That has been the pattern in other countries, says George Vickers, director of the Washington Office on Latin America, a private organization.
“By targeting the gangs, they establish a certain popular support,” he explains. “As they move toward more political targets, some of that popularity carries over.”
Meanwhile, the vigilantes create a climate of fear and insecurity in emerging democracies with long traditions of military rule.
“It is a battle over who should control the police,” Manuel says. “The more bodies there are in the street, the more people believe things are out of control and believe they need the army to come and take control.”
And, in the end, “social cleansing” has proved to be ineffective.
Vigilante groups first emerged in the Colombian city of Pereira in 1979 and a year later had spread to the capital, according to Carlos Eduardo Rojas, a researcher at the Center for Research and Popular Education in Bogota.
Today, Rojas estimates that Bogota has more street children than any other Latin American city, with the possible exception of Mexico City.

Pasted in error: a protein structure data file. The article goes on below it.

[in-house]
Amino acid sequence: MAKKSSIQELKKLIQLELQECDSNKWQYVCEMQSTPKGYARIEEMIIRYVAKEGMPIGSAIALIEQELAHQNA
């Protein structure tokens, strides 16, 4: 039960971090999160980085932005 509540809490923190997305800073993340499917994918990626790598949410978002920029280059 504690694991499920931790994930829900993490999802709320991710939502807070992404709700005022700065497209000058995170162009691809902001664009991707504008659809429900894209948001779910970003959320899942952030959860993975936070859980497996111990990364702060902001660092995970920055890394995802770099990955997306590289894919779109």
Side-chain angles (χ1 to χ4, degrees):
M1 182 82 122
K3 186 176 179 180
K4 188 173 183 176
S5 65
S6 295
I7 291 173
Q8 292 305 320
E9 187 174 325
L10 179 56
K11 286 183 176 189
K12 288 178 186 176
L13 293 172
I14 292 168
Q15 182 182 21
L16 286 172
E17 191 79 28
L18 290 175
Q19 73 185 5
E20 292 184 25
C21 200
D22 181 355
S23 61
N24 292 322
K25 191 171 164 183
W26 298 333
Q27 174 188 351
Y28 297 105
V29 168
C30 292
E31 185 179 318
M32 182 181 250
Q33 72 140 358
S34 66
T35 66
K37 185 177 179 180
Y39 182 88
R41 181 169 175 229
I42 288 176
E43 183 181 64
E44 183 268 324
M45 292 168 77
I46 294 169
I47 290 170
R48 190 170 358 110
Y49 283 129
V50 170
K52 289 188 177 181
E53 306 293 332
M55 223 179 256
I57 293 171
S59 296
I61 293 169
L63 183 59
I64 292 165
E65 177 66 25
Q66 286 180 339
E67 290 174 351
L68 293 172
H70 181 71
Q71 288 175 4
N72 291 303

As gang leader Psycho notes, “They can kill me, but there will be someone to take my place. This problem is never going to end.”
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The Spread of “Social Cleansing”
The activities of vigilantes began in South America more than 15 years ago and have spread to Central America in the 1990s.
El Salvador: 1995
Source: Times staff
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A Roster of Vigilante Groups
Some examples of groups operating in Latin America:
* EL SALVADOR
La Sombra Negra (Black Shadow)
La Nueva Mano Blanca (The New White Hand)
El Comando Ejecutivo Antidelincuencial Transitorio (Transitory Anti-delinquency Executive Command)
Mercado Colon (Columbus Market)
Escuadron 13 (Squad 13)
* COLOMBIA (by city)
Toxicol-90 (name of insecticide)
Escuadron de la Muerte (Death Squad)
Muerte a Gamines (Death to Street Children)
Bandera Negra (Black Flag)
Servicio Popular del Pueblo (People’s Service)
Defensa Popular (People’s Defense)
* BRAZIL (by city)
RIO DE JANEIRO
Justica Final (Final Justice)
Cavalos Corredores (Galloping Horses)
Escuadrao da Morte (Death Squad)
SOURCE: Times staff